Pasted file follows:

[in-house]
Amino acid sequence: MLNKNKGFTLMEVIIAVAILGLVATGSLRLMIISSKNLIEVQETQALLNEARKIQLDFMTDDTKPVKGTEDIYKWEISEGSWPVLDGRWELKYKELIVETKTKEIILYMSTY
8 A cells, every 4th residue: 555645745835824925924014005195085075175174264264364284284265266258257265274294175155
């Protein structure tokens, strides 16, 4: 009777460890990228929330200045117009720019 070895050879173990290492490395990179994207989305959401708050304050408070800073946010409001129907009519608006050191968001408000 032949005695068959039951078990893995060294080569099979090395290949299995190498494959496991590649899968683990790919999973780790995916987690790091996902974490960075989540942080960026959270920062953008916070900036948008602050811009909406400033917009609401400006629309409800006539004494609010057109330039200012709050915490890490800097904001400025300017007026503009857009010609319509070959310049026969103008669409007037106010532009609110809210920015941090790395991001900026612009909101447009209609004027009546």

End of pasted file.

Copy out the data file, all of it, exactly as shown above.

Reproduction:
[in-house]
Amino acid sequence: MLNKNKGFTLMEVIIAVAILGLVATGSLRLMIISSKNLIEVQETQALLNEARKIQLDFMTDDTKPVKGTEDIYKWEISEGSWPVLDGRWELKYKELIVETKTKEIILYMSTY
8 A cells, every 4th residue: 555645745835824925924014005195085075175174264264364284284265266258257265274294175155
């Protein structure tokens, strides 16, 4: 009777460890990228929330200045117009720019 070895050879173990290492490395990179994207989305959401708050304050408070800073946010409001129907009519608006050191968001408000 032949005695068959039951078990893995060294080569099979090395290949299995190498494959496991590649899968683990790919999973780790995916987690790091996902974490960075989540942080960026959270920062953008916070900036948008602050811009909406400033917009609401400006629309409800006539004494609010057109330039200012709050915490890490800097904001400025300017007026503009857009010609319509070959310049026969103008669409007037106010532009609110809210920015941090790395991001900026612009909101447009209609004027009546």